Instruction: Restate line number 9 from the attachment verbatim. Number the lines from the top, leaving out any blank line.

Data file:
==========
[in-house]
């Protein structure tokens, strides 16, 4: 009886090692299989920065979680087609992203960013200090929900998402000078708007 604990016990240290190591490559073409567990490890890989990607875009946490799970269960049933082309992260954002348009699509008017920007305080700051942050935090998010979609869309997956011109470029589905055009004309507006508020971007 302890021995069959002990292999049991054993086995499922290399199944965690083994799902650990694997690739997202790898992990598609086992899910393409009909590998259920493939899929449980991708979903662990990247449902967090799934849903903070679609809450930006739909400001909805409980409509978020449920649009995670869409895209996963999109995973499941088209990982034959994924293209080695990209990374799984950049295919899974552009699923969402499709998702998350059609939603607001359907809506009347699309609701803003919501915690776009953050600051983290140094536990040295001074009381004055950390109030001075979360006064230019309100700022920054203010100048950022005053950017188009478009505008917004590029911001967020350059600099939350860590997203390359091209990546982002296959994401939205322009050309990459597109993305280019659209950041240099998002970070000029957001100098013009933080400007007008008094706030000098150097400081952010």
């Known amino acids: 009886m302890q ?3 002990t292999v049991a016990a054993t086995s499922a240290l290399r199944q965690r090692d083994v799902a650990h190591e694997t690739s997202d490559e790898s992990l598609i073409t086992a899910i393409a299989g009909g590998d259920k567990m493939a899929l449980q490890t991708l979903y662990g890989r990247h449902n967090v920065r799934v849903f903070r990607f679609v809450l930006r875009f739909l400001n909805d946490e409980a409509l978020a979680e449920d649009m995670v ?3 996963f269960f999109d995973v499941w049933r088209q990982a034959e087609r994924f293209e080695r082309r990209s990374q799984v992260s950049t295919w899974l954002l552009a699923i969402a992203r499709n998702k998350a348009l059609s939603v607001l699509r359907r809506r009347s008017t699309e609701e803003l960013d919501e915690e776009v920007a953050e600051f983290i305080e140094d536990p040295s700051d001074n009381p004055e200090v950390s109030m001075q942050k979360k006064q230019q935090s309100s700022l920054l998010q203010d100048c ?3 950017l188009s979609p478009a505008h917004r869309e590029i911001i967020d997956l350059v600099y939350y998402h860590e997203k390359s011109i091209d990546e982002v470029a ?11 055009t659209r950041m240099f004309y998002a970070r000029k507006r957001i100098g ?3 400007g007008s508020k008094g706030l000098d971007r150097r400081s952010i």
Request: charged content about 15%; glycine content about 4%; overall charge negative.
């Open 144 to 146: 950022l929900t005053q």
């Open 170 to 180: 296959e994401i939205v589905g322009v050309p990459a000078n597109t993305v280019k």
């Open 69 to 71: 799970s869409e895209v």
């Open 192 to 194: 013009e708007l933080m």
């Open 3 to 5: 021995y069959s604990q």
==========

């Open 3 to 5: 021995y069959s604990q």